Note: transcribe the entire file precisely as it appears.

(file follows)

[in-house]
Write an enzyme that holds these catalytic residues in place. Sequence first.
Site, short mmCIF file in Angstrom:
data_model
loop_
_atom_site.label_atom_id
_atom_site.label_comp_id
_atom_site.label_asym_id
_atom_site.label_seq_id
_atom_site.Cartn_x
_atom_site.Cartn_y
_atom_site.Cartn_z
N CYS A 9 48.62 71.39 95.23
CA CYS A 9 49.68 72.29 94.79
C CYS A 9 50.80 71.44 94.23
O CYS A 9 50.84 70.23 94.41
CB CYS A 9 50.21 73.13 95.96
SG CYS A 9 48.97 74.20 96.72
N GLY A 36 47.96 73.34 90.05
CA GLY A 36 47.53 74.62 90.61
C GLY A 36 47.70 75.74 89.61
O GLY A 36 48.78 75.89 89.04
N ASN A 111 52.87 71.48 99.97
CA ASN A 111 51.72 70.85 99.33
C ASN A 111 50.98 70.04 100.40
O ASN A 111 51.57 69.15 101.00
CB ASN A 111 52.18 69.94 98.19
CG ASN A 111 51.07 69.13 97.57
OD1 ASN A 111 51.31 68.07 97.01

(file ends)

[in-house]
Write an enzyme that holds these catalytic residues in place. Sequence first.
Site, short mmCIF file in Angstrom:
data_model
loop_
_atom_site.label_atom_id
_atom_site.label_comp_id
_atom_site.label_asym_id
_atom_site.label_seq_id
_atom_site.Cartn_x
_atom_site.Cartn_y
_atom_site.Cartn_z
N CYS A 9 48.62 71.39 95.23
CA CYS A 9 49.68 72.29 94.79
C CYS A 9 50.80 71.44 94.23
O CYS A 9 50.84 70.23 94.41
CB CYS A 9 50.21 73.13 95.96
SG CYS A 9 48.97 74.20 96.72
N GLY A 36 47.96 73.34 90.05
CA GLY A 36 47.53 74.62 90.61
C GLY A 36 47.70 75.74 89.61
O GLY A 36 48.78 75.89 89.04
N ASN A 111 52.87 71.48 99.97
CA ASN A 111 51.72 70.85 99.33
C ASN A 111 50.98 70.04 100.40
O ASN A 111 51.57 69.15 101.00
CB ASN A 111 52.18 69.94 98.19
CG ASN A 111 51.07 69.13 97.57
OD1 ASN A 111 51.31 68.07 97.01